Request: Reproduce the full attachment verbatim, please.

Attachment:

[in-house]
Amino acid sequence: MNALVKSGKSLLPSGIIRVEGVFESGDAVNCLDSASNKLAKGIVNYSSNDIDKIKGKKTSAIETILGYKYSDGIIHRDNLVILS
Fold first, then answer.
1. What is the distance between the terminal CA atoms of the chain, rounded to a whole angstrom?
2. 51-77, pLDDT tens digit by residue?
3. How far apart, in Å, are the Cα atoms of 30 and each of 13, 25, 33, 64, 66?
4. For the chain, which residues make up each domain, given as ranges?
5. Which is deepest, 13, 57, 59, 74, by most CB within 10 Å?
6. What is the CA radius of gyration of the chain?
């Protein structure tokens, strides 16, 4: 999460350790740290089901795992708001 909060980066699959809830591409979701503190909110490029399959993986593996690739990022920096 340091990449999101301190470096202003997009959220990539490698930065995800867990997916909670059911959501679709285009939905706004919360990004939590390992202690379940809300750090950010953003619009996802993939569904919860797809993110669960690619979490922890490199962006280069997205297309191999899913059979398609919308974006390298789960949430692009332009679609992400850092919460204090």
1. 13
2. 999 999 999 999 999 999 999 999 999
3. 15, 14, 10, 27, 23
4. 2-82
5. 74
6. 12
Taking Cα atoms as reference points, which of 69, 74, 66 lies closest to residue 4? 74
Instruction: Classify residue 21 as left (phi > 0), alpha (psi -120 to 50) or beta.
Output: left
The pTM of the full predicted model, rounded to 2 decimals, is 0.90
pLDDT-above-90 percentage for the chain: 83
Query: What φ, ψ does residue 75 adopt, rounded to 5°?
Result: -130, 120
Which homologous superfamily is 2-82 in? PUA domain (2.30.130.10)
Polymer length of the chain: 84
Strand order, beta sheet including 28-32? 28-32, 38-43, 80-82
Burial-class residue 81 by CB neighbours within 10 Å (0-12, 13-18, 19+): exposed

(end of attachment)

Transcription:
[in-house]
Amino acid sequence: MNALVKSGKSLLPSGIIRVEGVFESGDAVNCLDSASNKLAKGIVNYSSNDIDKIKGKKTSAIETILGYKYSDGIIHRDNLVILS
Fold first, then answer.
1. What is the distance between the terminal CA atoms of the chain, rounded to a whole angstrom?
2. 51-77, pLDDT tens digit by residue?
3. How far apart, in Å, are the Cα atoms of 30 and each of 13, 25, 33, 64, 66?
4. For the chain, which residues make up each domain, given as ranges?
5. Which is deepest, 13, 57, 59, 74, by most CB within 10 Å?
6. What is the CA radius of gyration of the chain?
């Protein structure tokens, strides 16, 4: 999460350790740290089901795992708001 909060980066699959809830591409979701503190909110490029399959993986593996690739990022920096 340091990449999101301190470096202003997009959220990539490698930065995800867990997916909670059911959501679709285009939905706004919360990004939590390992202690379940809300750090950010953003619009996802993939569904919860797809993110669960690619979490922890490199962006280069997205297309191999899913059979398609919308974006390298789960949430692009332009679609992400850092919460204090």
1. 13
2. 999 999 999 999 999 999 999 999 999
3. 15, 14, 10, 27, 23
4. 2-82
5. 74
6. 12
Taking Cα atoms as reference points, which of 69, 74, 66 lies closest to residue 4? 74
Instruction: Classify residue 21 as left (phi > 0), alpha (psi -120 to 50) or beta.
Output: left
The pTM of the full predicted model, rounded to 2 decimals, is 0.90
pLDDT-above-90 percentage for the chain: 83
Query: What φ, ψ does residue 75 adopt, rounded to 5°?
Result: -130, 120
Which homologous superfamily is 2-82 in? PUA domain (2.30.130.10)
Polymer length of the chain: 84
Strand order, beta sheet including 28-32? 28-32, 38-43, 80-82
Burial-class residue 81 by CB neighbours within 10 Å (0-12, 13-18, 19+): exposed